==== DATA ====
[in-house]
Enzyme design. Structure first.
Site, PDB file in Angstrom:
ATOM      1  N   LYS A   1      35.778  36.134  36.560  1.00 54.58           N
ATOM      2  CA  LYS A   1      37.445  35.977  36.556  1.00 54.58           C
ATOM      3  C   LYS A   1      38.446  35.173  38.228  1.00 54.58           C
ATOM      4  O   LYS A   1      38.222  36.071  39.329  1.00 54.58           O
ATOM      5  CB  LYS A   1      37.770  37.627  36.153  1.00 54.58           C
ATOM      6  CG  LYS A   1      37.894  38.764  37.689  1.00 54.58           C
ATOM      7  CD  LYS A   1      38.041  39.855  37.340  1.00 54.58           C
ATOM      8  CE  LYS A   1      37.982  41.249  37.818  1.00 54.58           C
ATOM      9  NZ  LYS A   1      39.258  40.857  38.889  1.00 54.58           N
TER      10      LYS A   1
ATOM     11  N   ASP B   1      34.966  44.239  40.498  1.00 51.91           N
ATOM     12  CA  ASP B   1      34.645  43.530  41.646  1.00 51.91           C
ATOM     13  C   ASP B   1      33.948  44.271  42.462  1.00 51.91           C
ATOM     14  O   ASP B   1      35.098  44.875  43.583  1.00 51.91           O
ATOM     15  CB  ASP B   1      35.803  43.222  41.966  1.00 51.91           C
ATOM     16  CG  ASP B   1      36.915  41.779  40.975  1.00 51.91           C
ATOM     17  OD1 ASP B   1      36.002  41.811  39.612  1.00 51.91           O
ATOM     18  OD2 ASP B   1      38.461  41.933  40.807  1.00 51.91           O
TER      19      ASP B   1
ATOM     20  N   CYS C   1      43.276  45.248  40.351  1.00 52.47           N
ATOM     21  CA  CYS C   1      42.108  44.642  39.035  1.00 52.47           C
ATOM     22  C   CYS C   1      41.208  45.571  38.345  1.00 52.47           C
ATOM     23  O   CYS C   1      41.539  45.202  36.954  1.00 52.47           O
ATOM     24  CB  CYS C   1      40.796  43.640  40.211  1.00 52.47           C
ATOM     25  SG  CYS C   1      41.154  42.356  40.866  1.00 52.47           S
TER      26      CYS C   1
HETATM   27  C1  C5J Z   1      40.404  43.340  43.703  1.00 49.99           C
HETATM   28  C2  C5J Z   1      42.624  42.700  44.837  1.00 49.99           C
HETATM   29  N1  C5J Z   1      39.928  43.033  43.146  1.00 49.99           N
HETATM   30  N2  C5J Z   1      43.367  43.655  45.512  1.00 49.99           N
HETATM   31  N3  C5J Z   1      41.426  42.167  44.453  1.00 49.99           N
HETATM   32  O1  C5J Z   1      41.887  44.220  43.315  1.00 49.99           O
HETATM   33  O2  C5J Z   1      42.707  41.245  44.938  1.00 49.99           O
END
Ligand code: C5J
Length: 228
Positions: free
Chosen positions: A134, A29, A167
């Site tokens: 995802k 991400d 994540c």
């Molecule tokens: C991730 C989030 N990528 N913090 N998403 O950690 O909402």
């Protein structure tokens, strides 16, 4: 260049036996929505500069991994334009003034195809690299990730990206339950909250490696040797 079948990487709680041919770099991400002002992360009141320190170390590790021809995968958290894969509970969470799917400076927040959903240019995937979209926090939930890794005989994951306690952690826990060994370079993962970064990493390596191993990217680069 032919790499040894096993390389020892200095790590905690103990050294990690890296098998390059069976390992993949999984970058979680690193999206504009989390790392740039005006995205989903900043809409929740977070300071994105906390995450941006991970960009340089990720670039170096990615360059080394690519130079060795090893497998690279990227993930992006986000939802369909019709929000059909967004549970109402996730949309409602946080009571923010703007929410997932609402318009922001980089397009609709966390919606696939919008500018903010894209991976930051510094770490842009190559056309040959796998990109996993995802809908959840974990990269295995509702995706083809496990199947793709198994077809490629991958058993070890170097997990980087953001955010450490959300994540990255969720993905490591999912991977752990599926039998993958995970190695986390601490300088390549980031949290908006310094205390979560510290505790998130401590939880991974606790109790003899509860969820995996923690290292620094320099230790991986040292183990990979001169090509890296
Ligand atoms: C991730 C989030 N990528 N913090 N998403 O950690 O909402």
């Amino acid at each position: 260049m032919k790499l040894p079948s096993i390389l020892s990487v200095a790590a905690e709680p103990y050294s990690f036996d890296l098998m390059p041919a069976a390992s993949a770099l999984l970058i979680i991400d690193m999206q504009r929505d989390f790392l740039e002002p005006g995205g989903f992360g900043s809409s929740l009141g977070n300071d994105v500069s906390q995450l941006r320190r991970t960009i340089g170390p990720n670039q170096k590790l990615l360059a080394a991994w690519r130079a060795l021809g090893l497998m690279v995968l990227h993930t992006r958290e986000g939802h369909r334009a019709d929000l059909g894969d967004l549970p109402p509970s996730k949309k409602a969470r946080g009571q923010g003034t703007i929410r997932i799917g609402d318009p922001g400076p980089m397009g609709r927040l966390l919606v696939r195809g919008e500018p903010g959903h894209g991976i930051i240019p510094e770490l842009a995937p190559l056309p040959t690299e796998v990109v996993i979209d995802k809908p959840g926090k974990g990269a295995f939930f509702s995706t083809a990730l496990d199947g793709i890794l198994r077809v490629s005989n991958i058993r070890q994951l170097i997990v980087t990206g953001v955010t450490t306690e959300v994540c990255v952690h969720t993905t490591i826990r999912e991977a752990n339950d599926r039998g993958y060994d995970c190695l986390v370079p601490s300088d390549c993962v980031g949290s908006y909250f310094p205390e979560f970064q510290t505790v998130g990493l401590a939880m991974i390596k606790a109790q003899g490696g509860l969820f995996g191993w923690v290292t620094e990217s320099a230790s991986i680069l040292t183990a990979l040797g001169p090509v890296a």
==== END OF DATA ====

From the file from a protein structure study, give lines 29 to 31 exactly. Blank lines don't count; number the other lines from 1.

TER      26      CYS C   1
HETATM   27  C1  C5J Z   1      40.404  43.340  43.703  1.00 49.99           C
HETATM   28  C2  C5J Z   1      42.624  42.700  44.837  1.00 49.99           C